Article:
In securing a 1-1 draw, The Cranes showed character.
The Parancas Negras' early opener didn't disorient them. They kept pushing forward with Hassan Wasswa, part of a midfield three with Johnson Bagole and Patrick Ochan not allowing Angola to get into the Ugandan penalty area.
In many ways, it was a masterstroke from Cranes coach Bobby Williamson. Meanwhile, the three roving forwards, Okwi, Mike Serumaga and Martin Mutumba caused Angola some trying times. Not only did the Angolans struggle to contain their mobility, their speed and passing always opened up spaces.
However, that result will count for nothing if Williamson doesn't bring down Senegal this Saturday. The Senegalese lead Group J following their 3-1 win over Liberia.
By all counts, Senegal are the strongest team Williamson will be facing since his appointment back in August 2008.
In that spell, Cranes has won 26 games, lost 10 and drawn 16. And following their abysmal display at the Africa Cup of Nations in January, they come into this game hungry and with a lot to prove.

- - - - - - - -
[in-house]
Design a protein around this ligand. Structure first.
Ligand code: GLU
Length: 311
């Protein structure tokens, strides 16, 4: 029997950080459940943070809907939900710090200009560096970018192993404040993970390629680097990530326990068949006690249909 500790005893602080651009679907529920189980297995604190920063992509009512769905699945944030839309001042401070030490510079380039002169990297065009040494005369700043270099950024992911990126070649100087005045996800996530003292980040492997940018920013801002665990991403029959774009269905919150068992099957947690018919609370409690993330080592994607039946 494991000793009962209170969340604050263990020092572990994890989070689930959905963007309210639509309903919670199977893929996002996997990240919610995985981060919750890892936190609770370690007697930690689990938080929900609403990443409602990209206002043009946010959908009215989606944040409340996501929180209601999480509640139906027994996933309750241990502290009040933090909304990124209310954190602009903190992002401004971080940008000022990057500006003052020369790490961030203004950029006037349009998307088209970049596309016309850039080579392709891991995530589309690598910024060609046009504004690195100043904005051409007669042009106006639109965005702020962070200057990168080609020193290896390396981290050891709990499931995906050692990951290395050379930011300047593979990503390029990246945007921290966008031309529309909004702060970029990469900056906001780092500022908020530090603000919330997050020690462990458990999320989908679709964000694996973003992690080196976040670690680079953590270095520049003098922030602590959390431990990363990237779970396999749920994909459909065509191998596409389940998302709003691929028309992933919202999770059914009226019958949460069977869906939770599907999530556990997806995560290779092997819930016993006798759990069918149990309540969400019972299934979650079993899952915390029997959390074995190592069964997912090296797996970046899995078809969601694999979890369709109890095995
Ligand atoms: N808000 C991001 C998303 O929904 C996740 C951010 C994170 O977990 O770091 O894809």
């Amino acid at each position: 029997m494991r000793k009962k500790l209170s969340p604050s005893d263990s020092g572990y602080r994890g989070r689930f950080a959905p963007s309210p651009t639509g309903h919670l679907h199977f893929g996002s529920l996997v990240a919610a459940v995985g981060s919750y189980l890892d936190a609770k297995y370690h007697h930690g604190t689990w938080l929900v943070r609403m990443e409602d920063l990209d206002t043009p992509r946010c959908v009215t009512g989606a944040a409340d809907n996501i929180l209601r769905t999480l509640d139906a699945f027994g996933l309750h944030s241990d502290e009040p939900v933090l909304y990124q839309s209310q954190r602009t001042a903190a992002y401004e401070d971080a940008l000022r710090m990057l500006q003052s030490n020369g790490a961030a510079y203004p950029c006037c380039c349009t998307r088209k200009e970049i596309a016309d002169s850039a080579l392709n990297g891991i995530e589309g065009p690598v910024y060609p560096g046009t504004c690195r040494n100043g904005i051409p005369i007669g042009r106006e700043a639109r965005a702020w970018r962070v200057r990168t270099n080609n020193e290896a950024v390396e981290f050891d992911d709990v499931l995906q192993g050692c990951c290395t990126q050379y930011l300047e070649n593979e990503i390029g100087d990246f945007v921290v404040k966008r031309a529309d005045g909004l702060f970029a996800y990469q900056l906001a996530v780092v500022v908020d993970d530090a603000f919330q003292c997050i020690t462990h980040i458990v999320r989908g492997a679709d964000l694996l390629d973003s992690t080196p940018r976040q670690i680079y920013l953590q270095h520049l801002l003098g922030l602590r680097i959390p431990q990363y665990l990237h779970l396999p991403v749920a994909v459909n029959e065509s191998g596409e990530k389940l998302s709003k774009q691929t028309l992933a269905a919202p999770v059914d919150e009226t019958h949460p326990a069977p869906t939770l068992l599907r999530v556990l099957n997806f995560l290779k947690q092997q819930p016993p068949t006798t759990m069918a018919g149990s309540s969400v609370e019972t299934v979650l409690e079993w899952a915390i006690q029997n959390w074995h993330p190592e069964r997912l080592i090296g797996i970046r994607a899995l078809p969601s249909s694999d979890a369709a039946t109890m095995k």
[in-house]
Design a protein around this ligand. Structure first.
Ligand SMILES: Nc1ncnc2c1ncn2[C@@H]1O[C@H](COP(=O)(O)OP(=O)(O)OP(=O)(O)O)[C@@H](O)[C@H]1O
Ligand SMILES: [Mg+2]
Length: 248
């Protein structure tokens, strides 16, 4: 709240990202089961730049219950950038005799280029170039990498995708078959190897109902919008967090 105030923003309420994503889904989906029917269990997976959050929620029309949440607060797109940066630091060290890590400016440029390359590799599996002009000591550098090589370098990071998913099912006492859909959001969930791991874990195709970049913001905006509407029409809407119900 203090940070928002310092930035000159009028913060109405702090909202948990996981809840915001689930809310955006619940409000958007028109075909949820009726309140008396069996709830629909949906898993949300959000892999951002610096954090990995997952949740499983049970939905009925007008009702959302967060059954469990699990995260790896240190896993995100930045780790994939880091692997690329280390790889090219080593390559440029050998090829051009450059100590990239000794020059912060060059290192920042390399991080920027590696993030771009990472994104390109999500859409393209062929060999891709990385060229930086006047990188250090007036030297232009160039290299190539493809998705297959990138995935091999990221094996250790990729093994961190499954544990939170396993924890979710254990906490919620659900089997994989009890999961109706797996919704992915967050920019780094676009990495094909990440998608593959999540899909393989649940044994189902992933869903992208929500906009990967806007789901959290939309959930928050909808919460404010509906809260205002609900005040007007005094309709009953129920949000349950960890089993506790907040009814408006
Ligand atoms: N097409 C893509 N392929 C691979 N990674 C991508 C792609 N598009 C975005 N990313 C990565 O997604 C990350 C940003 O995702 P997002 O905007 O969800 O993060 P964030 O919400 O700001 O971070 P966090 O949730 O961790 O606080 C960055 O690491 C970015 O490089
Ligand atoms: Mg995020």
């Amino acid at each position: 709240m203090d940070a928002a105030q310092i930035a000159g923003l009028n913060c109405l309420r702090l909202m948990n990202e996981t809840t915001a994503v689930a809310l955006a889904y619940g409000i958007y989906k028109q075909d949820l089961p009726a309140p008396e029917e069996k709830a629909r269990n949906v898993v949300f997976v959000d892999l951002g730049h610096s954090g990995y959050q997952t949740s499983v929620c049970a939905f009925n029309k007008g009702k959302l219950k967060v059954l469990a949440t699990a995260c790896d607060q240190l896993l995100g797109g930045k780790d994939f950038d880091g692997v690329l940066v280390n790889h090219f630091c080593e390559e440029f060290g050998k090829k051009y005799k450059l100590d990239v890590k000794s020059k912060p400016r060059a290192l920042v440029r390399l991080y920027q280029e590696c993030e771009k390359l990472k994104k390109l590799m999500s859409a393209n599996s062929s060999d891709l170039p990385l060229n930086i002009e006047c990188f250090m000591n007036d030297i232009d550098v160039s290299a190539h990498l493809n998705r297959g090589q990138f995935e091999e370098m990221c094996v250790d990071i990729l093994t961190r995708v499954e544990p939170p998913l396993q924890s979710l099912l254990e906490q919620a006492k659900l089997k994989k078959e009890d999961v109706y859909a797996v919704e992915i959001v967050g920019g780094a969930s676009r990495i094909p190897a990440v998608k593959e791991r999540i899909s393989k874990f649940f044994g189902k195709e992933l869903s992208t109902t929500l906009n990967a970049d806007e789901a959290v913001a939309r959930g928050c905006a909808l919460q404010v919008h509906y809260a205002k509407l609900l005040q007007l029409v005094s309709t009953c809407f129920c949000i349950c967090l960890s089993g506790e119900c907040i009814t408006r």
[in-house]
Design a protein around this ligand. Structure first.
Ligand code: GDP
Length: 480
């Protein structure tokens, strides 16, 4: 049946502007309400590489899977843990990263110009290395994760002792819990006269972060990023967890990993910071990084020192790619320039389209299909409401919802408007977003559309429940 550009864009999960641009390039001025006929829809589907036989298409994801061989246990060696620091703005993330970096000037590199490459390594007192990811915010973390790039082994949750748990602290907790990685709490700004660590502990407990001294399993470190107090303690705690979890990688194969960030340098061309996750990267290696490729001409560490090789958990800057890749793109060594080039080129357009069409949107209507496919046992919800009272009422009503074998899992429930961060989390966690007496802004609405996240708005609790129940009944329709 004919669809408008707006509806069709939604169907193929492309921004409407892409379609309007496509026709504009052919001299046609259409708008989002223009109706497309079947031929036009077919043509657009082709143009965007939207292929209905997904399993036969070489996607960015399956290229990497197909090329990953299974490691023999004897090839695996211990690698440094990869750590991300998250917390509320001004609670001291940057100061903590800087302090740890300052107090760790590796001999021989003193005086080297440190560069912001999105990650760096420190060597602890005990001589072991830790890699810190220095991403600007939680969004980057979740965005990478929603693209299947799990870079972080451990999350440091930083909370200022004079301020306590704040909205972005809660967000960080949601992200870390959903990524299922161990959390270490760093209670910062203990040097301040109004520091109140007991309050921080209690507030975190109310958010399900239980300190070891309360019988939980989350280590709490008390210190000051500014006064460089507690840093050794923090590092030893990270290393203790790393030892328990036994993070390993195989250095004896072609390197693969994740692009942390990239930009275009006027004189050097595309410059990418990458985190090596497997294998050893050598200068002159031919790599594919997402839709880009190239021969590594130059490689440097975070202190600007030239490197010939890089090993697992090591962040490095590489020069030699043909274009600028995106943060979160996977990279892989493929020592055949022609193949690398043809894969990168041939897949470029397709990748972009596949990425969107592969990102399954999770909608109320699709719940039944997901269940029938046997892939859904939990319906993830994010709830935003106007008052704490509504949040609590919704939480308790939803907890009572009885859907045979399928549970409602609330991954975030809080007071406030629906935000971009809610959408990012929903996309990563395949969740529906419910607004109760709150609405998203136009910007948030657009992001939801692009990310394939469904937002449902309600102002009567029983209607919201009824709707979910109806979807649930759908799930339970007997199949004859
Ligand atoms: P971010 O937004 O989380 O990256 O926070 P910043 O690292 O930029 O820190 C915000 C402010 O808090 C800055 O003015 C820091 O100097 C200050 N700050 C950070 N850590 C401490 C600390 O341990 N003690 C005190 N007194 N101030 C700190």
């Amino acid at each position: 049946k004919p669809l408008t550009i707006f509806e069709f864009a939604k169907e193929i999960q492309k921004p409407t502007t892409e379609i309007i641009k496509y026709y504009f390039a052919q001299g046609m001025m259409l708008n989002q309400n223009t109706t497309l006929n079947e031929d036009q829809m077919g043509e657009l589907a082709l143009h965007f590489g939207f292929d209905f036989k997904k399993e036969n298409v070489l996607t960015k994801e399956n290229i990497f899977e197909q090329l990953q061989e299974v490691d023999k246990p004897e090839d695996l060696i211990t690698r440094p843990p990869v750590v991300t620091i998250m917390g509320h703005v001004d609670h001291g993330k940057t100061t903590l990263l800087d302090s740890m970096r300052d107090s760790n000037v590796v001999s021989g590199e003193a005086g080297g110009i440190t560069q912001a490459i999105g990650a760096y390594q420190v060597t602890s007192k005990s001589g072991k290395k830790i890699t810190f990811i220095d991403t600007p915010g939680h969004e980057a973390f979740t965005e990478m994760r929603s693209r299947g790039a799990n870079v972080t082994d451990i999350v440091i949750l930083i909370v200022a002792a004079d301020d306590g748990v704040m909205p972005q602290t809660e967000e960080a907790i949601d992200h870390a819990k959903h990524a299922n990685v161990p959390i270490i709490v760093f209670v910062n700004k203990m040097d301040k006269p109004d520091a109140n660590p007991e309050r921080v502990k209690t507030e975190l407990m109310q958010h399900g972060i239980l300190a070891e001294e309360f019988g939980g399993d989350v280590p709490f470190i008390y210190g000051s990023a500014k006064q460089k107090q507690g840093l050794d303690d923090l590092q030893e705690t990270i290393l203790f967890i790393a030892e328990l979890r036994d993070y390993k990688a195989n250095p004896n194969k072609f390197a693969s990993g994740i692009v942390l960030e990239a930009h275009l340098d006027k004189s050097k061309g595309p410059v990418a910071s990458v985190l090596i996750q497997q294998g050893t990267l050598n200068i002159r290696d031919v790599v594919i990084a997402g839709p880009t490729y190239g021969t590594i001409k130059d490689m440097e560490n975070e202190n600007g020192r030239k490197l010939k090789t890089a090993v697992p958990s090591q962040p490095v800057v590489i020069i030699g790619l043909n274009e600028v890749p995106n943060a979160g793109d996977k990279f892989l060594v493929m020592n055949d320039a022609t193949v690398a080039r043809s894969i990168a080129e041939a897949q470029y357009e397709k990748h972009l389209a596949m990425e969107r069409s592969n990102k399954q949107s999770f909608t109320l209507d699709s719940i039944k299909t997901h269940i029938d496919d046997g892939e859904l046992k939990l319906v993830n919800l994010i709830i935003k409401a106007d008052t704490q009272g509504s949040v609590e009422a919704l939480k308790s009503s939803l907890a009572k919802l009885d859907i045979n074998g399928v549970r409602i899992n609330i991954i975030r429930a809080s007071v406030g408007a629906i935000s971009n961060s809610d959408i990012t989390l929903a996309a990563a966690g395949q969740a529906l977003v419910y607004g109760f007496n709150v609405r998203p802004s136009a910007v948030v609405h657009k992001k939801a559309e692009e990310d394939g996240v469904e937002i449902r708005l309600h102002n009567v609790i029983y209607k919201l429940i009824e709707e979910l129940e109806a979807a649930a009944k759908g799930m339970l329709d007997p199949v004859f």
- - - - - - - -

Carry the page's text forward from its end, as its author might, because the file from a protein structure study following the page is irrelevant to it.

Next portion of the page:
For the likes of Papiss Cisse, Demba Ba and Moussa Sow, the jury is out for them to prove that they can cut it on the international stage by inspiring Senegal to the World Cup since their last showing in 2002.
But as was seen of Senegal at the 2012 Nations Cup, they looked uncomfortable facing teams that ran at them. Their defence, despite having many gigantic frames, isn't as quick or solid.
Playing the ball on the carpet is Cranes' best option considering that most of the team's forwards are mid-sized. Uganda last played Senegal in 2001 when Mathias Kaweesa equalised late on for a 1-1 draw at Nakivubo.
That's why keeping the same system exhibited in Angola seems ideal. That said, Simeon Masaba must provide more width from right back if The Cranes are to prevail through speed and individual isolation.